“The feeling of walking into the Field House on championship night where it was absolutely packed was unbelievable,” Kind said. “I doubt that will ever happen again.”

Middleton went through some lean years as Kind embarked on building the program from the ground up. By the turn of the century, though, the Cardinals were once again a power and reached the state tournament in 2001.

Middleton remained a force, reaching the state championship game in 2003. Then the Cardinals reached the state tournament nine times between 2008-20.

“I think when I started, we had a really good first year with Angie … but the program was not very sustainable at that point,” Kind said. “Then it was a big rebuild. But we got better and better and the next 20-some years we were usually one of best teams in the state. Being able to sustain that for such a long amount of time is something I’m really proud of.”

Kind, who also coached the girls varsity team at Kohler for five years, the girls varsity at Cuba City for five years and the boys freshmen team at Cuba City for four years, finished with a 495-215 record at MHS (.697). He also led the Cardinals to 11 Big Eight Conference championships.

“To hear Jeff Kind is retiring is the loss of a legend,” Murphy said. “I was lucky enough to have coach Kind as my coach my senior year in high school and it was my favorite year of basketball in my life. I loved playing for coach Kind.”

Of course, coaching against him was another story.

Murphy has built a juggernaut herself at Verona, where she’s led the Wildcats to state five times, highlighted by a championship in 2016. Going up against her mentor, though, was never much fun for Murphy — or most others.

“Beating Jeff was always so hard,” Murphy said. “He got the best of my teams more often than not. He knew the game and how to teach it. His teams were always so well prepared and coached and you knew you had to bring your ‘A’ game as a coach when you coached against him.

“It is a sad day to see him go. He has left a lasting impact on Wisconsin high school girls basketball that will not be forgotten. He was one of my biggest rivals, mentor and someone I am lucky enough to call a friend. Wishing him nothing but the best in retirement. It won’t be the same playing Middleton and not seeing him on the sidelines.”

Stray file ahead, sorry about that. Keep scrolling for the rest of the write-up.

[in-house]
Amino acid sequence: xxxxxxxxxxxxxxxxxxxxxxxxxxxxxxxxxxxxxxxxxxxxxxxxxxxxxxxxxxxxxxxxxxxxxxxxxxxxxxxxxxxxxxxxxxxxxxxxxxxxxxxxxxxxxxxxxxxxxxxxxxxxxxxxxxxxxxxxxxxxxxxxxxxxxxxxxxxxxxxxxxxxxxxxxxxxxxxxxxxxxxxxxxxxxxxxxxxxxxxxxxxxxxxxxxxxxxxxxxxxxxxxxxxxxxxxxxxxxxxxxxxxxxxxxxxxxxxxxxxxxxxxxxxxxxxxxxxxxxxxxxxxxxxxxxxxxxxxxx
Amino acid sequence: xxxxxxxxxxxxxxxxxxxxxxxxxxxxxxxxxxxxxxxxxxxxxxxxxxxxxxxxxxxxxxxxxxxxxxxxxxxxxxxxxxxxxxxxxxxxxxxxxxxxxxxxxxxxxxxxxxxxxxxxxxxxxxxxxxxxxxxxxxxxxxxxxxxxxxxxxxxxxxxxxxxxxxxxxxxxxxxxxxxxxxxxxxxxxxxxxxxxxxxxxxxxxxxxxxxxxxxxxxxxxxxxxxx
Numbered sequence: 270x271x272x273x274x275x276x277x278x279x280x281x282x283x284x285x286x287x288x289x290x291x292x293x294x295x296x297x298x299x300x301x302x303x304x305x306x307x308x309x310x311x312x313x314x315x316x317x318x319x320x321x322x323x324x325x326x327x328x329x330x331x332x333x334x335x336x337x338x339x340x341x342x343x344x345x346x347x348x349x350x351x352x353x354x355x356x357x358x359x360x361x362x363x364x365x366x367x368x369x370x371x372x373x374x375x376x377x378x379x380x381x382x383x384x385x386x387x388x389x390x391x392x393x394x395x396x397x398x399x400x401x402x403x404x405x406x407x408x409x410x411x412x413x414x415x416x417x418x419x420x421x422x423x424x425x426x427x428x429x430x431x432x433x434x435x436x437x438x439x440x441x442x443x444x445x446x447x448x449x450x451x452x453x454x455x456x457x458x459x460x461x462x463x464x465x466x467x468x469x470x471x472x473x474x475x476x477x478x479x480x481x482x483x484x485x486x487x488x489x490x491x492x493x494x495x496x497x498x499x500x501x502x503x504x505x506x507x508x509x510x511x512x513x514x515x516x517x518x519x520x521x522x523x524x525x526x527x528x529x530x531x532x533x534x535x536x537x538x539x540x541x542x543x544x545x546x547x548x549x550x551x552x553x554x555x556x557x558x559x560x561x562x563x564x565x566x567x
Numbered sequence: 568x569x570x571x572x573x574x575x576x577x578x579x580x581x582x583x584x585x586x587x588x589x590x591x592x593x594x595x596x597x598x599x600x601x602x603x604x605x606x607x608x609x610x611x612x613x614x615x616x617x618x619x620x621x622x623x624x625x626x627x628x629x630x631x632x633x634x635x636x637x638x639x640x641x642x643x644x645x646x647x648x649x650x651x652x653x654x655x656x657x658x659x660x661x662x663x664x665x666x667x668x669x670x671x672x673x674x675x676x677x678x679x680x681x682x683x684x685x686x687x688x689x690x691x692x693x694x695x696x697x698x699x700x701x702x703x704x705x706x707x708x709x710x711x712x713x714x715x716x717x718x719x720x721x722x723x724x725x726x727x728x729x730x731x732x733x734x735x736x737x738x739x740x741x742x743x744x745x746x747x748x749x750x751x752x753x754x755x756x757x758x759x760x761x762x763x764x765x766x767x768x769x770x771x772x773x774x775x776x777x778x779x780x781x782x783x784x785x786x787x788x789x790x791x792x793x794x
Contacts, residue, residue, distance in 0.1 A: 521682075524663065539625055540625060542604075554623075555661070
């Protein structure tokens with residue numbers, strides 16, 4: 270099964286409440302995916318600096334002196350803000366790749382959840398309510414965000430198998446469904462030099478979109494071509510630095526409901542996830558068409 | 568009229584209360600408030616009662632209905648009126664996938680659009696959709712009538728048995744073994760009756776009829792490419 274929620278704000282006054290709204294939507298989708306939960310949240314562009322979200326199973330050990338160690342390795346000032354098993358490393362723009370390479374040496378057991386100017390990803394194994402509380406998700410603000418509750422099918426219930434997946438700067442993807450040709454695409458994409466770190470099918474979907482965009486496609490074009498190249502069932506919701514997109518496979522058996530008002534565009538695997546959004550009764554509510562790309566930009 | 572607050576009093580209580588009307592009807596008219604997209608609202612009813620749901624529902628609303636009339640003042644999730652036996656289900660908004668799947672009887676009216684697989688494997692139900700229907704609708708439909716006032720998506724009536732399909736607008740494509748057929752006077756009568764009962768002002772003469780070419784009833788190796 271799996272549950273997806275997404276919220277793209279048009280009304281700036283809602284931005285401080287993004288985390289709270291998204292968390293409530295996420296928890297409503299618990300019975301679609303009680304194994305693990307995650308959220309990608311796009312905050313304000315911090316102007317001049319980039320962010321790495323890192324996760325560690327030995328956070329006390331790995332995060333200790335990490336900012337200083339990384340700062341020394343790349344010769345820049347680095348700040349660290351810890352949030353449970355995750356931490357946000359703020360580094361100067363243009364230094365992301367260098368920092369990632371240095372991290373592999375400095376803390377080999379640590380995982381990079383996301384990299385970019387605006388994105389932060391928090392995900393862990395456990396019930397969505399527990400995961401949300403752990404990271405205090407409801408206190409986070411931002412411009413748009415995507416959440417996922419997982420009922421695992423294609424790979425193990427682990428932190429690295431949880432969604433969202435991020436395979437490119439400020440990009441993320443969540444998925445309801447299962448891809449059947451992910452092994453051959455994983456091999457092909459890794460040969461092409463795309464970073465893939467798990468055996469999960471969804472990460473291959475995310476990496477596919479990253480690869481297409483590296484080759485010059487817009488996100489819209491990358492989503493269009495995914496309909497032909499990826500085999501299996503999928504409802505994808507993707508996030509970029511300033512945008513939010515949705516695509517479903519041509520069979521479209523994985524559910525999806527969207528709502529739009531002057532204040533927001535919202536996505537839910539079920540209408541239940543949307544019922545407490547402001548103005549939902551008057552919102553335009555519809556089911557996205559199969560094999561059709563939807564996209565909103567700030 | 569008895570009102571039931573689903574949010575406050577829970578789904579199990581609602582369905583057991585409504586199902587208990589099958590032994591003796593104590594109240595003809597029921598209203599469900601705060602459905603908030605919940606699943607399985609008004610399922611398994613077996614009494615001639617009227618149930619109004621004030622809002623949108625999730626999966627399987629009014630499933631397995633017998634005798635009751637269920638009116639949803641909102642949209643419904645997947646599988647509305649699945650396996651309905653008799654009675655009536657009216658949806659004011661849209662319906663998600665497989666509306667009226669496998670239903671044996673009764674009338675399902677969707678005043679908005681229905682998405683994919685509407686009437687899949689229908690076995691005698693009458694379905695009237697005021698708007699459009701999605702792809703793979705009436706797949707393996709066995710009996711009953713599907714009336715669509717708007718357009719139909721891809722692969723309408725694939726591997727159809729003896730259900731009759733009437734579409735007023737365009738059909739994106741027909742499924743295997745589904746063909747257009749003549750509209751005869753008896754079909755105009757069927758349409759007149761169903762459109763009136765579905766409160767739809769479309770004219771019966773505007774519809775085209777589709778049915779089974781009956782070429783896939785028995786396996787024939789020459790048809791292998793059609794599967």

Other former players were saddened and surprised by the news.

“I am thankful for coach Kind’s dedication, support and positive influence on and off the court,” said Leslie Oliversen, a 2003 MHS graduate. “I often think of the memories made playing on his team and I am forever thankful.”

Alexis Thomas, a 2017 MHS graduate, agreed.

“He worked endlessly on building our program, day in and day out,” Thomas said. “Summer basketball camps, youth camps, tournaments, lifts, building personal relationships, and more. Not only did he love his players, he loved the game more than anyone I know. 

“I graduated back in 2017, and to this day I still reflect on how much I miss basketball — not just the game, but the coaches, staff, friendships I built, and the unforgettable memories. 

“Coach Kind, congrats on the most successful career. Coach of the Year always in my books!”

Hannah Flottmeyer, a 2019 Middleton graduate, echoed what many former Cardinals said.

“It was a privilege to be coached by coach Kind,” Flottmeyer said. “He truly cared about you as a person before a player. He was always a man of integrity and kindness and I have a lot of respect for him. He expected excellence from us and that made us achieve higher levels.”

Sims said the job will be posted before the week is over, and he hopes to start interviews in the next two weeks.

“The sooner the better,” Sims said. “We’re a little late in the game, but we expect to get some really good candidates.”

A huge reason for that, of course, is Kind, who built a powerhouse and is leaving behind a program with terrific talent in Grades 7-9.

Before exiting stage left, Kind wanted to thank to his assistant coaches; boys varsity coaches John Boyle and Kevin Bavery, who he became extremely close with; the Middleton Basketball Club and Middleton Bluebirds youth programs; and his other coaching colleagues at MHS.

Of course, those same people and programs would likely want nothing more than to thank Kind for 30 years of success — all while representing Middleton with dignity and class.

“The Middleton sports programs and the backing for it have been great,” Kind said. “I’ve enjoyed it immensely and I feel like it’s one of those things where I enjoyed coming in and doing my best every day and made sure I never took it for granted.

“I had great kids and I felt like we had great support, and not everybody has that. It was a terrific run.”

Orchestrated by a terrific leader.


Rate this article: 
Average: 5 (2 votes)